Drones waste a lot of battery power staying in the air. By perching, a new type can collect data for longer periods than regular drones. And, adds Zheng, “the longer you can stay in one place, the better.”
To aid it in spying from trees, his team’s new robot changes shape to switch between flying and perching.
Four propellers allow the robot to navigate to a high spot. As the robot prepares to land, a motor pulls on a series of strings. They trigger an arm at the robot’s front to curl around a branch. Once the drone has latched on, the motor shuts off. The clasping arm now holds the bot securely in place.
The researchers were inspired by tree-dwelling animals, such as sloths and squirrels. Such animals use their arms in unique ways to grasp trees and stay up high. But the robot looks like neither a sloth nor a squirrel, Zheng says. And in one way, the robot mimics what birds do when they perch. Steel spines line the robot’s grasping arms. Like bird talons, these spikes latch onto tree bark. Zheng’s group shared its design January 23 in Scientific Reports.
While the drone perches — prolonging its battery life — equipment on board could snoop on wildlife or its habitat. Microphones, for instance, might record bird songs or monkey calls. Cameras could snap pictures while online sensors monitor humidity and temperature. What makes this new forest spy special, Zheng says, “is that it can stay on trees for a very long time.”
Are there risks to deploying bird robots?
Recruiting robots as conservation aids is still fairly new. Some of the earliest of these eco-bots were makeshift drones built to monitor wildlife in 2011. Since then, such devices have come a long way, Segre notes. Many small ones are “widely available, easy to fly and highly customizable.”
Still, scientists aren’t sure how drones and other robotic tech might affect birds’ behavior.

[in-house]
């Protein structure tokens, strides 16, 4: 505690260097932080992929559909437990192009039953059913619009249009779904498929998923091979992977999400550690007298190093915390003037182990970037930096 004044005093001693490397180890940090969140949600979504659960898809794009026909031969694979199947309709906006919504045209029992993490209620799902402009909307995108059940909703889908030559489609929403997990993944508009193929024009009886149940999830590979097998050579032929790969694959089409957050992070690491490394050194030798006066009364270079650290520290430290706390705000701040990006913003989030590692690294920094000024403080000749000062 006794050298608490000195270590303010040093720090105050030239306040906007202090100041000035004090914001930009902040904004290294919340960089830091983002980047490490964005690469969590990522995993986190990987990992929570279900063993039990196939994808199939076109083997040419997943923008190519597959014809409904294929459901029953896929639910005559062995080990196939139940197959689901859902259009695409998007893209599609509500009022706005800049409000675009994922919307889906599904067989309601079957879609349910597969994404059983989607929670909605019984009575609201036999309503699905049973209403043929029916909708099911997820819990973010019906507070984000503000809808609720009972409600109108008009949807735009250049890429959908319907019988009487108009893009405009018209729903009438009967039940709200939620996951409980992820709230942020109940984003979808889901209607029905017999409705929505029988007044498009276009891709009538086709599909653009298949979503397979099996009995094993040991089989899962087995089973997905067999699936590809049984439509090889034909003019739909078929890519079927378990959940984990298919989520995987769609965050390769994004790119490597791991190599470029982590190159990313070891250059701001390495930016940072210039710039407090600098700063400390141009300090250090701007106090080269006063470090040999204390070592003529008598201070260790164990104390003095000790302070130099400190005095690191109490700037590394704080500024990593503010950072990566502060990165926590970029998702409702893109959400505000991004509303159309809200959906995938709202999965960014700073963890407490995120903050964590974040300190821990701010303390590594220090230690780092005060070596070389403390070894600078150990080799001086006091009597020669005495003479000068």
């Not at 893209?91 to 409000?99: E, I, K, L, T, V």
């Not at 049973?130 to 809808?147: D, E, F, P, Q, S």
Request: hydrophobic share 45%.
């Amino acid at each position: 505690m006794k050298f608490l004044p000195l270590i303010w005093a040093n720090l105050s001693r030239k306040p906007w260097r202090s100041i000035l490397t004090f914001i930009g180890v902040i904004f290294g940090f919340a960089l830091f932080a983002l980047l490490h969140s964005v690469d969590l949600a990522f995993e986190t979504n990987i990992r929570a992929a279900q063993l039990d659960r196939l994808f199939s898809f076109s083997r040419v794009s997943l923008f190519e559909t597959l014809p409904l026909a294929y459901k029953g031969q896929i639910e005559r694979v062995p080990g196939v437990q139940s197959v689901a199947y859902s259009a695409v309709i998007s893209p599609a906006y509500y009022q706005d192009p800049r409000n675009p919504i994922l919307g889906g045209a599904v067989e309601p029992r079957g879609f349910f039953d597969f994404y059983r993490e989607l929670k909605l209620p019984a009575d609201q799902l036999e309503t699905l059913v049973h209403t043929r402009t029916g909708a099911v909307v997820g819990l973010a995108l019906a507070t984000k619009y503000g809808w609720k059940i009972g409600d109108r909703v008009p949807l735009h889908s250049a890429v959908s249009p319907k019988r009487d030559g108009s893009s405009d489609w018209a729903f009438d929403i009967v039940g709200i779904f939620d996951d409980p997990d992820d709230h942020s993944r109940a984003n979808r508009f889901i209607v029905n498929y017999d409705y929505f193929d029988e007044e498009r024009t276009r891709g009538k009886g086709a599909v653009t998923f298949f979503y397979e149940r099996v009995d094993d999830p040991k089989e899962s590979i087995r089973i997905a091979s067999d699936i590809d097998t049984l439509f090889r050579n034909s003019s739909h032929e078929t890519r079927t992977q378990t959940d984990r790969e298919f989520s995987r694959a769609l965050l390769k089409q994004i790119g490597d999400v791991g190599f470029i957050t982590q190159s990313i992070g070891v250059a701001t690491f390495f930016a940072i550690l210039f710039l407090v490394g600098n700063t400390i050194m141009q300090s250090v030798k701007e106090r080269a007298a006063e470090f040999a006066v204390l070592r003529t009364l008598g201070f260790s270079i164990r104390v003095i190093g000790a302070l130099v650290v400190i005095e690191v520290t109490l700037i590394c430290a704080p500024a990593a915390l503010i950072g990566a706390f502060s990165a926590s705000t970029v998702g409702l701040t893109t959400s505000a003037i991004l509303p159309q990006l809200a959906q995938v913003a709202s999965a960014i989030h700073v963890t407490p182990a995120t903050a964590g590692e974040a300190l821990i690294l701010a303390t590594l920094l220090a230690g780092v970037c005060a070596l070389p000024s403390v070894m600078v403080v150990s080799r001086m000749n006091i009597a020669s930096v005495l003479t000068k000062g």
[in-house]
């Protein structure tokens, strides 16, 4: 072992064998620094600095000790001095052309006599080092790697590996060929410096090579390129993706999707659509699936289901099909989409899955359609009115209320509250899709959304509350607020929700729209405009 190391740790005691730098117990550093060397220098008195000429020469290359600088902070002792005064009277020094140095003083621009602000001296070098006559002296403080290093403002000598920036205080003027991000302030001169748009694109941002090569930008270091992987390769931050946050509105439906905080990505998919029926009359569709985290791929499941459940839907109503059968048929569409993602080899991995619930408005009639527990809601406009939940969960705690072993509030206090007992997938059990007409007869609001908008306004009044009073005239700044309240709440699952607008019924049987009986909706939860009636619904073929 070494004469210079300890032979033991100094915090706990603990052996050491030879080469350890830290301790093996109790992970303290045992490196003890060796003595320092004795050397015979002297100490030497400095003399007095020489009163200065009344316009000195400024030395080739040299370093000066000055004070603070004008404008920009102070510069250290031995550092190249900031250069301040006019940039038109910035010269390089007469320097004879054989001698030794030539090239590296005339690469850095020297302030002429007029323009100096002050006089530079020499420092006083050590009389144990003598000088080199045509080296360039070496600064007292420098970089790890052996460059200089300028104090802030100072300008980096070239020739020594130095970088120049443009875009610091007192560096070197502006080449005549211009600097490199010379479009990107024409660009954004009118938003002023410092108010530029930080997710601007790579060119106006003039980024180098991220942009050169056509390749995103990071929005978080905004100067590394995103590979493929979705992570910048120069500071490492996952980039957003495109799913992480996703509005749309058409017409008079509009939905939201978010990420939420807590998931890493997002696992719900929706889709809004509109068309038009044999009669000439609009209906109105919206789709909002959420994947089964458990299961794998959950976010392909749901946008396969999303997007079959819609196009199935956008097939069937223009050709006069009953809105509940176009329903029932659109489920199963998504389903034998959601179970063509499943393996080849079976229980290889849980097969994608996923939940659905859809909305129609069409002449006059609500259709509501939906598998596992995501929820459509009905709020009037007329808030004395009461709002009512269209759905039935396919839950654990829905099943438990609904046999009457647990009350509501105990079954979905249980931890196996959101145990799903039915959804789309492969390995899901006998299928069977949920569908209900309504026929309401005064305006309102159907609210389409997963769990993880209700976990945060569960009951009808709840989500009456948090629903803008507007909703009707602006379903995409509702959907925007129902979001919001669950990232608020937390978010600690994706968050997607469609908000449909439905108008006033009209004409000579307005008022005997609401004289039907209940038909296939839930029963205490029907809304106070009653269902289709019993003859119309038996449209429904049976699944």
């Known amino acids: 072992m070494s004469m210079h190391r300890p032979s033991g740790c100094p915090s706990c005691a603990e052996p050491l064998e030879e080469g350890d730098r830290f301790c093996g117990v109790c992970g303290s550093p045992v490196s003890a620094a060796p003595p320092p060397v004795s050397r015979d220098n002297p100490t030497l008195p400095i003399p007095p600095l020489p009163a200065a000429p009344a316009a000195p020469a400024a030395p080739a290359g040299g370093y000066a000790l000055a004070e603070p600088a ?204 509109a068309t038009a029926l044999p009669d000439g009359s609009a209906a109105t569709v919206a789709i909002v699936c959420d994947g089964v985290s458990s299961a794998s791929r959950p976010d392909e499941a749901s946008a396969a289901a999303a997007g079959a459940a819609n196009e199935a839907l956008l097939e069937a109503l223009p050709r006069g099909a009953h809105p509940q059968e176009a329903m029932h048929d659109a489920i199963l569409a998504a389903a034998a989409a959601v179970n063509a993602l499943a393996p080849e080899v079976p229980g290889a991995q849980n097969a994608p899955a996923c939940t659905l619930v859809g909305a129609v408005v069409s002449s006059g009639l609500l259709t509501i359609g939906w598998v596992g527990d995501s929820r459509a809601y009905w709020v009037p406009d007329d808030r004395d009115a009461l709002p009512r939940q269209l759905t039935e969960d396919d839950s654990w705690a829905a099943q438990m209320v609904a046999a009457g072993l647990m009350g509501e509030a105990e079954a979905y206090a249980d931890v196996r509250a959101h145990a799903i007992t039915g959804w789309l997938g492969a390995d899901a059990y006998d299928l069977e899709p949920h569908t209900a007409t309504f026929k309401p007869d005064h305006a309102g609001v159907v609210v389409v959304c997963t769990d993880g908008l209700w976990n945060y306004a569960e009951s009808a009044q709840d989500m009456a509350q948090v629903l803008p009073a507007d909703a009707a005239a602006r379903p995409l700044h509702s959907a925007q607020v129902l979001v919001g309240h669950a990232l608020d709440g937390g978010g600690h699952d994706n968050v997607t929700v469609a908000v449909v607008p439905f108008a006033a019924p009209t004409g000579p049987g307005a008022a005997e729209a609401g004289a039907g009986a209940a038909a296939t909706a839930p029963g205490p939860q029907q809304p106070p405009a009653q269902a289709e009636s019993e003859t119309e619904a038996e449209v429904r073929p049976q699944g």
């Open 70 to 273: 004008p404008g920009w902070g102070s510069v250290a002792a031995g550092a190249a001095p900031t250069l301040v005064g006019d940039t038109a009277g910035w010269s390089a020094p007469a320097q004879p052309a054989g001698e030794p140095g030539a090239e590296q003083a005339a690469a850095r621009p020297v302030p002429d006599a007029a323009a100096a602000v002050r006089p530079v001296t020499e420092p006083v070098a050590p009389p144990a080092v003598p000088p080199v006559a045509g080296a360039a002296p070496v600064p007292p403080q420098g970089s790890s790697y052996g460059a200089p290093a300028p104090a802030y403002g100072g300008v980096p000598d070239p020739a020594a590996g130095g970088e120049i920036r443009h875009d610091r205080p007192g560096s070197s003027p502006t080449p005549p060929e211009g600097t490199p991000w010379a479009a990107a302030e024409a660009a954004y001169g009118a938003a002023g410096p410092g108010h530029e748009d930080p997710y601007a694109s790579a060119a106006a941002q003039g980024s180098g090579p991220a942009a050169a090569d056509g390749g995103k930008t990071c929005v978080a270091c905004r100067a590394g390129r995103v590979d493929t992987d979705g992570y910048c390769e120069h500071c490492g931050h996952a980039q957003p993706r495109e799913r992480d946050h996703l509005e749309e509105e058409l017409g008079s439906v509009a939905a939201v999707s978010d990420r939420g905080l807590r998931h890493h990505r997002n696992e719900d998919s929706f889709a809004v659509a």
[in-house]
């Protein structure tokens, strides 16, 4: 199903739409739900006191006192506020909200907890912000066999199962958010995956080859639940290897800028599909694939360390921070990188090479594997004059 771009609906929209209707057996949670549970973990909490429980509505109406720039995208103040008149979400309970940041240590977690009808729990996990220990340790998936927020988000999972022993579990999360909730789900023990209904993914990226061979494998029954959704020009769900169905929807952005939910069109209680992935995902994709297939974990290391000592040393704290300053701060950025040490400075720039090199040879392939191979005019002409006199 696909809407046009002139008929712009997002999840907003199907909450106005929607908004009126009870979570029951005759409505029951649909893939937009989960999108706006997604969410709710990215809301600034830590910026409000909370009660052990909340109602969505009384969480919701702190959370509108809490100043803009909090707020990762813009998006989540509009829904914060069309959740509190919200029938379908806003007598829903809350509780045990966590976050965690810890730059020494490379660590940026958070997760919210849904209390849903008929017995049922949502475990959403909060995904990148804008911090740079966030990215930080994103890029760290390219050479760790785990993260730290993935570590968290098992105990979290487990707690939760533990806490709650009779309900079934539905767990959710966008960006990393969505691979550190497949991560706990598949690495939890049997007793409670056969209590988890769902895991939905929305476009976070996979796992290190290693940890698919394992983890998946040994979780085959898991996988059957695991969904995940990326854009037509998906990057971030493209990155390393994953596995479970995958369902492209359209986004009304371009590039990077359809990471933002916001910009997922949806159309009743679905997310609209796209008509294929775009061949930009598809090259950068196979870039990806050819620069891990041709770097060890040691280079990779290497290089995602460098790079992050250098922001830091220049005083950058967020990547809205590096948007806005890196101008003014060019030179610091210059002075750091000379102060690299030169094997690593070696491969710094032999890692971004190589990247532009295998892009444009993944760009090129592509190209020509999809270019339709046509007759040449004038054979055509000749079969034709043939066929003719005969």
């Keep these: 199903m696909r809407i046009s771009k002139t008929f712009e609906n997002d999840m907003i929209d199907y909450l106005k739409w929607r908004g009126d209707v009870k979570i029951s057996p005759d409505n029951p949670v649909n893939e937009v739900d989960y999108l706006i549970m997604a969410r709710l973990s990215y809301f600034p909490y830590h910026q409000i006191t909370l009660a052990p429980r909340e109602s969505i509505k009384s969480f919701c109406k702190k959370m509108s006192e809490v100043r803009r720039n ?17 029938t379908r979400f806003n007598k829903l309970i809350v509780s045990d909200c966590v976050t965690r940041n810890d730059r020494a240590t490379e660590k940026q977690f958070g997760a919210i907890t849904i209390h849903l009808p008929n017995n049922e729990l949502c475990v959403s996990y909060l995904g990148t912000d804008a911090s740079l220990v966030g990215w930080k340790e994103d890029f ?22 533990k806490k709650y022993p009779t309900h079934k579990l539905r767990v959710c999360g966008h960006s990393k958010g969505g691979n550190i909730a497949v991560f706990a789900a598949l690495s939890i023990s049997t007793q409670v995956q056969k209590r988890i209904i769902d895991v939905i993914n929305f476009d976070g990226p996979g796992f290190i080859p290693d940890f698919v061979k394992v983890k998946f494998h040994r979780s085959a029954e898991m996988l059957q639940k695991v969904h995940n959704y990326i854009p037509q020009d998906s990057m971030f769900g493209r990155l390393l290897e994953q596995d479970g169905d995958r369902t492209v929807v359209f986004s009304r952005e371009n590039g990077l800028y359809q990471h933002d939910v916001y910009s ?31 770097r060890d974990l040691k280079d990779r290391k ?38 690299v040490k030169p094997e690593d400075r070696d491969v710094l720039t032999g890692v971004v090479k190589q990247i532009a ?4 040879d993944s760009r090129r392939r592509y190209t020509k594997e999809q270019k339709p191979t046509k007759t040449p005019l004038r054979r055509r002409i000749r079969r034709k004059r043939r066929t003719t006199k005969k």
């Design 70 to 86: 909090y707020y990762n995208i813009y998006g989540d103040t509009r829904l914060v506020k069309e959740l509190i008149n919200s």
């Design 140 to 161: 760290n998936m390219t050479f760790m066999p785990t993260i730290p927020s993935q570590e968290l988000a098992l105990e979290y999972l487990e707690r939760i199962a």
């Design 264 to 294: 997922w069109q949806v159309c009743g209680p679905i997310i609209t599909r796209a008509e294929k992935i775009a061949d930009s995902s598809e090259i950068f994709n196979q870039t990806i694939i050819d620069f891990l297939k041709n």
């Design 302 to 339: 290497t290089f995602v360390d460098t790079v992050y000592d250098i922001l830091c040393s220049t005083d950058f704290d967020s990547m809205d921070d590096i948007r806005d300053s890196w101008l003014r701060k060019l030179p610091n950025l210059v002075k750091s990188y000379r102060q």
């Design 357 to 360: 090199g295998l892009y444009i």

Some studies suggest that birds aren’t bothered by drones. But others have found that consumer drones can cause stress. Raptors, such as eagles and owls, may even attack drones to protect their territories. Researchers have also observed that shorebirds (such as American oystercatchers and the endangered piping plover) may try to chase drones away from their nests. This leaves their young vulnerable to predators.
But finding ways to study birds safely with robots could offer benefits. One 2018 report by BirdLife International found that four in every 10 bird species worldwide are in decline. North America, alone, has lost nearly 3 billion individual birds since 1970, according to a 2019 study in Science. And researchers are looking for any tools that could help address declining numbers of birds worldwide.
Today’s robots probably can’t collect all the detailed data on animal behavior that ecologists want, Zheng notes. The devices would likely spook the creatures they are supposed to spy on if they got too close, for example. And in general, robotics tends to focus on cutting-edge technologies. These may not be practical in the wild.
Still, whether it’s singing finches or perching drones, a new wave of tech is taking cues from nature. These devices can tap into the unique abilities of birds and other tree-dwelling critters to help both humans and wildlife. Borrowing tricks from animals could make robots more useful, too. “Nature and animals are excellent at adapting to their environment,” Zheng says. For roboticists, “there are many lessons to be learned from nature through biomimicry.”